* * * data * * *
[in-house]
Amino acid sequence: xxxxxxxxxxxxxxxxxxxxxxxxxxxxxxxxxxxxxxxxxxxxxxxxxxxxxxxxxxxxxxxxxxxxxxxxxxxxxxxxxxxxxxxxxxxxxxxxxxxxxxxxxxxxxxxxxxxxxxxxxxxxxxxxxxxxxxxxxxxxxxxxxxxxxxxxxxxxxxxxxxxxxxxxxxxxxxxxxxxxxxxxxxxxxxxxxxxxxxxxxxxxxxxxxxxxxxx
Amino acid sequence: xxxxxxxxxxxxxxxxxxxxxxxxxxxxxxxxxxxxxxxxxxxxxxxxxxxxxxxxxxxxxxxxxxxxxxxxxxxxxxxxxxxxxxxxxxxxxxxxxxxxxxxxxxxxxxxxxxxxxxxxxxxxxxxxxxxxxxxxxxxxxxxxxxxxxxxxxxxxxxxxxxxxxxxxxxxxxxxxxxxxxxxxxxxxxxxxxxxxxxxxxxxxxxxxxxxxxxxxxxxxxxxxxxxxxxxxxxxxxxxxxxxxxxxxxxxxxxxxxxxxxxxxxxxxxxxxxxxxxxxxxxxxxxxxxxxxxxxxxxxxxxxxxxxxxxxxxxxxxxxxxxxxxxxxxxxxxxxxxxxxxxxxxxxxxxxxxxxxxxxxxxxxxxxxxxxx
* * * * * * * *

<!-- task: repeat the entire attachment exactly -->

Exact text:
[in-house]
Amino acid sequence: xxxxxxxxxxxxxxxxxxxxxxxxxxxxxxxxxxxxxxxxxxxxxxxxxxxxxxxxxxxxxxxxxxxxxxxxxxxxxxxxxxxxxxxxxxxxxxxxxxxxxxxxxxxxxxxxxxxxxxxxxxxxxxxxxxxxxxxxxxxxxxxxxxxxxxxxxxxxxxxxxxxxxxxxxxxxxxxxxxxxxxxxxxxxxxxxxxxxxxxxxxxxxxxxxxxxxxx
Amino acid sequence: xxxxxxxxxxxxxxxxxxxxxxxxxxxxxxxxxxxxxxxxxxxxxxxxxxxxxxxxxxxxxxxxxxxxxxxxxxxxxxxxxxxxxxxxxxxxxxxxxxxxxxxxxxxxxxxxxxxxxxxxxxxxxxxxxxxxxxxxxxxxxxxxxxxxxxxxxxxxxxxxxxxxxxxxxxxxxxxxxxxxxxxxxxxxxxxxxxxxxxxxxxxxxxxxxxxxxxxxxxxxxxxxxxxxxxxxxxxxxxxxxxxxxxxxxxxxxxxxxxxxxxxxxxxxxxxxxxxxxxxxxxxxxxxxxxxxxxxxxxxxxxxxxxxxxxxxxxxxxxxxxxxxxxxxxxxxxxxxxxxxxxxxxxxxxxxxxxxxxxxxxxxxxxxxxxxx